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Afghan civilian deaths rose 14% in 2009, says UN report

Children near Kabul
Civilians are suffering most in the conflict

The number of Afghan civilians killed in violence in 2009 was higher than in any year since the Taliban were ousted in 2001, a United Nations report says.

Civilian casualties rose by 14% in 2009 compared with 2008, the UN Mission in Afghanistan (Unama) reported.

It said the "vast majority" of the more than 2,400 civilian deaths had been caused by Taliban attacks.

Earlier this week, a report in Pakistan said that more than 3,000 civilians there had died in violence in 2009.

A third of those deaths were the result of suicide attacks in a year which saw a 45% increase in incidents related to terrorism, the report by the think-tank Pakistan Institute for Peace Studies said.

Overall violence-related deaths in Pakistan last year, including military operations against insurgents, increased to more than 12,500, the report said.

'Reducing risk'

The Unama report said 2,412 civilians had been killed in Afghanistan in 2009 compared with 2,118 in 2008.

US soldier on patrol in Afghanistan
The US is eager to win over civilian support on the ground

"The intensification and spread of the armed conflict in Afghanistan continued to take a heavy toll on civilians throughout 2009," the report said.

Civilian casualties are a sensitive subject in Afghanistan, with foreign forces frequently accused of killing non-combatants in airstrikes.

The UN report said that deaths attributed to allied forces dropped by nearly 30% in 2009 - a statistic which correspondents say will be welcomed by the US military.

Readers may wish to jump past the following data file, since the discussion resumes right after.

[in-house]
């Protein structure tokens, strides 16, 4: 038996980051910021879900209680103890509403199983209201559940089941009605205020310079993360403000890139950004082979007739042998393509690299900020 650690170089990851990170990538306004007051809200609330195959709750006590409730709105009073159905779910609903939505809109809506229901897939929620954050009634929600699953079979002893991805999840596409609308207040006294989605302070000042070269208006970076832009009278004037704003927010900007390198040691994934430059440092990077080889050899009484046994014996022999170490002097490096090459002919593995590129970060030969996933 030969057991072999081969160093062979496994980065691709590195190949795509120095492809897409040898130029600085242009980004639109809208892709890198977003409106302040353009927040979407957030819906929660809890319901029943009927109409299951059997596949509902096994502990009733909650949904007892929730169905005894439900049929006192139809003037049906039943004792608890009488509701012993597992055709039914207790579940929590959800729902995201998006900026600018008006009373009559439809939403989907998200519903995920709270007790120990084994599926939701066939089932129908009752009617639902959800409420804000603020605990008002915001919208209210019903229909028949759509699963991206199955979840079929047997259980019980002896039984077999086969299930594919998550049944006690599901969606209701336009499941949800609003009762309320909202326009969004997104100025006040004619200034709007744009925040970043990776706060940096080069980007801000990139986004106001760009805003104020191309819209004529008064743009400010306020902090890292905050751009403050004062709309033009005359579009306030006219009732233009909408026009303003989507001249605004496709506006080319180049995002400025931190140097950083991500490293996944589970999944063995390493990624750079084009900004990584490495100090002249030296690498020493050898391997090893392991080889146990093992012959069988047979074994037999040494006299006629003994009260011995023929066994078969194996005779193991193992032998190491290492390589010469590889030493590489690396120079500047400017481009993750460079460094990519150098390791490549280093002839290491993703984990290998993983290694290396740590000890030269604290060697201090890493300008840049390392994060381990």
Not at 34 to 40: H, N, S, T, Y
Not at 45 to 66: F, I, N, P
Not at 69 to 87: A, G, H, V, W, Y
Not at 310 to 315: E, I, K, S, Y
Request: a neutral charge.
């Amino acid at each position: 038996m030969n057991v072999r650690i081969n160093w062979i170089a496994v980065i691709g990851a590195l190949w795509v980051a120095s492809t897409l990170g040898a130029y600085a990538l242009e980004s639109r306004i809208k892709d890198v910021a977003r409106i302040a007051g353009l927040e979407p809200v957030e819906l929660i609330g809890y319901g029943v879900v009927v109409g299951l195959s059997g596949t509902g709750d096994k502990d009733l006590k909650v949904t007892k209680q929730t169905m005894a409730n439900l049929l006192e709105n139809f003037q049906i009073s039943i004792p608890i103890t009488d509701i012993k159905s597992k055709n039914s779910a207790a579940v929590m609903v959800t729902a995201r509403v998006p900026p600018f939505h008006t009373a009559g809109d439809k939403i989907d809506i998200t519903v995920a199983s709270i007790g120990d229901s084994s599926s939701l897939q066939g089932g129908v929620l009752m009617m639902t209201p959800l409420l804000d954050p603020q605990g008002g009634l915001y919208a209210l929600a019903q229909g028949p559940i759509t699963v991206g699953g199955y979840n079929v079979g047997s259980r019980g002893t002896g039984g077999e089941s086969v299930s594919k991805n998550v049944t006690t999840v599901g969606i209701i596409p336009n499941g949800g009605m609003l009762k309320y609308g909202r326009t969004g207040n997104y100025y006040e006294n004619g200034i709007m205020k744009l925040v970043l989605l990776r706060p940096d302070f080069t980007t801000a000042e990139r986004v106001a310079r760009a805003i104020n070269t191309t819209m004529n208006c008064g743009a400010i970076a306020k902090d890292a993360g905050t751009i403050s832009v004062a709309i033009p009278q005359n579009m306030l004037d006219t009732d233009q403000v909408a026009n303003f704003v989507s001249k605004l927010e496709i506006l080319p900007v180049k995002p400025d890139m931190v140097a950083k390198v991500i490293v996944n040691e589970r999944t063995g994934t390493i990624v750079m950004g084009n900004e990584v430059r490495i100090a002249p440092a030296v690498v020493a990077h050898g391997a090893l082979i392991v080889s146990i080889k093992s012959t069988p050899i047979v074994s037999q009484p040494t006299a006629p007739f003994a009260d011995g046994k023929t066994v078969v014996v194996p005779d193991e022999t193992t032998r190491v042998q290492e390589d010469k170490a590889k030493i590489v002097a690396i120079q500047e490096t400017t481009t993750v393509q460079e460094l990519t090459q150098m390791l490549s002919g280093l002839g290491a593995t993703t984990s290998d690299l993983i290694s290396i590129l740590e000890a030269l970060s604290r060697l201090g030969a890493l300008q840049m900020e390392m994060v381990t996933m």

In recent months it has made repeated assurances to the Afghan government that it will lower civilian casualties as part of its goal of gaining support on the ground among Afghan people.

"This decrease reflects measures taken by international military forces to conduct operations in a manner that reduces the risk posed to civilians," the Unama report said.

But it said that violence throughout 2009 had been unrelenting, defying the usual winter lull.

Correspondents say that there is now concern that casualties will further rise once Nato and the US deploy 37,000 more troops to try to stabilise the country.

The UN report says that because the Taliban insurgency escalated and spread from southern provinces where it began, the year 2009 was also the deadliest for foreign forces fighting the Taliban.

It said that previously stable areas, such as Kunduz province and elsewhere in the north-east, had witnessed increasing insecurity.

'Worst in recent times'

Unama figures show that there were 520 troop deaths throughout the year, up from 295 for the year before.

It said that 70% of last year's civilian deaths - representing about 1,681 people - had been caused by insurgent attacks, while pro-government forces including Nato and US troops had been responsible for 25% of civilian deaths (596 people).

Another 135 civilians had been killed in violence not attributed to the conflicting parties, it said.

"The year 2009 was the worst in recent times for civilians affected by the armed conflict," the report said.

"Unama recorded the highest number of civilian casualties since the fall of the Taliban regime in 2001."

The report comes in the same week as a poll commissioned by the BBC showed that most Afghans are increasingly upbeat about the state of their country.

Of more than 1,500 Afghans questioned, 70% said they believed Afghanistan was going in the right direction - a big jump from 40% a year ago.



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